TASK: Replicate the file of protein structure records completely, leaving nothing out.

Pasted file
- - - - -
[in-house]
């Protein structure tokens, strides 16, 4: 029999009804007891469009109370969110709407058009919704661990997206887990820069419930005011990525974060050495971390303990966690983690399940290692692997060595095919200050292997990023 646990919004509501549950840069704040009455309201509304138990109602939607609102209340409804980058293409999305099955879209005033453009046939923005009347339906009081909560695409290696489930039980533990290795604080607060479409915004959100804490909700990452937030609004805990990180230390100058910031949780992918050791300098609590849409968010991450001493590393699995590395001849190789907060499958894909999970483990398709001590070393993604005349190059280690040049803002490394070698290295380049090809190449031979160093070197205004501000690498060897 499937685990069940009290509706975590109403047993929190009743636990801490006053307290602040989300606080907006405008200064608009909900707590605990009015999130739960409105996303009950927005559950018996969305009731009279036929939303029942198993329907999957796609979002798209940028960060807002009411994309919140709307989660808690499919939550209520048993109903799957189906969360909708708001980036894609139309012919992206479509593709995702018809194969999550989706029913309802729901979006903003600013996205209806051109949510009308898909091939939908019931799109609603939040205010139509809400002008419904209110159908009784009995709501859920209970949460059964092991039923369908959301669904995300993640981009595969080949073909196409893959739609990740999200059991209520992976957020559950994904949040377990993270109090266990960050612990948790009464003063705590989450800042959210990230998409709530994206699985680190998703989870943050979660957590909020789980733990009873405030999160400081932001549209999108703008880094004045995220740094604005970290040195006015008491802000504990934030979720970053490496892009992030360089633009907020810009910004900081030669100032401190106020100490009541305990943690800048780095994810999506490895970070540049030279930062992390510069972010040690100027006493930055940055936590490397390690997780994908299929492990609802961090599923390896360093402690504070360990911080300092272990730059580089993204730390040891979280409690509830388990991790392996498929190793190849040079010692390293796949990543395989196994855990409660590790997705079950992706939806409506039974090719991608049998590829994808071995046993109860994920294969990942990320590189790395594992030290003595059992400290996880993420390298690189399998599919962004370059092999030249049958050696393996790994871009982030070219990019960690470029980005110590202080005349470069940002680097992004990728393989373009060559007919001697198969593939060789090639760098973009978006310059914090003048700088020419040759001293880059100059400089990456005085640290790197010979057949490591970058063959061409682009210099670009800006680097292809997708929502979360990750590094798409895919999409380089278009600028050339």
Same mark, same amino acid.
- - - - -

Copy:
[in-house]
């Protein structure tokens, strides 16, 4: 029999009804007891469009109370969110709407058009919704661990997206887990820069419930005011990525974060050495971390303990966690983690399940290692692997060595095919200050292997990023 646990919004509501549950840069704040009455309201509304138990109602939607609102209340409804980058293409999305099955879209005033453009046939923005009347339906009081909560695409290696489930039980533990290795604080607060479409915004959100804490909700990452937030609004805990990180230390100058910031949780992918050791300098609590849409968010991450001493590393699995590395001849190789907060499958894909999970483990398709001590070393993604005349190059280690040049803002490394070698290295380049090809190449031979160093070197205004501000690498060897 499937685990069940009290509706975590109403047993929190009743636990801490006053307290602040989300606080907006405008200064608009909900707590605990009015999130739960409105996303009950927005559950018996969305009731009279036929939303029942198993329907999957796609979002798209940028960060807002009411994309919140709307989660808690499919939550209520048993109903799957189906969360909708708001980036894609139309012919992206479509593709995702018809194969999550989706029913309802729901979006903003600013996205209806051109949510009308898909091939939908019931799109609603939040205010139509809400002008419904209110159908009784009995709501859920209970949460059964092991039923369908959301669904995300993640981009595969080949073909196409893959739609990740999200059991209520992976957020559950994904949040377990993270109090266990960050612990948790009464003063705590989450800042959210990230998409709530994206699985680190998703989870943050979660957590909020789980733990009873405030999160400081932001549209999108703008880094004045995220740094604005970290040195006015008491802000504990934030979720970053490496892009992030360089633009907020810009910004900081030669100032401190106020100490009541305990943690800048780095994810999506490895970070540049030279930062992390510069972010040690100027006493930055940055936590490397390690997780994908299929492990609802961090599923390896360093402690504070360990911080300092272990730059580089993204730390040891979280409690509830388990991790392996498929190793190849040079010692390293796949990543395989196994855990409660590790997705079950992706939806409506039974090719991608049998590829994808071995046993109860994920294969990942990320590189790395594992030290003595059992400290996880993420390298690189399998599919962004370059092999030249049958050696393996790994871009982030070219990019960690470029980005110590202080005349470069940002680097992004990728393989373009060559007919001697198969593939060789090639760098973009978006310059914090003048700088020419040759001293880059100059400089990456005085640290790197010979057949490591970058063959061409682009210099670009800006680097292809997708929502979360990750590094798409895919999409380089278009600028050339």
Same mark, same amino acid.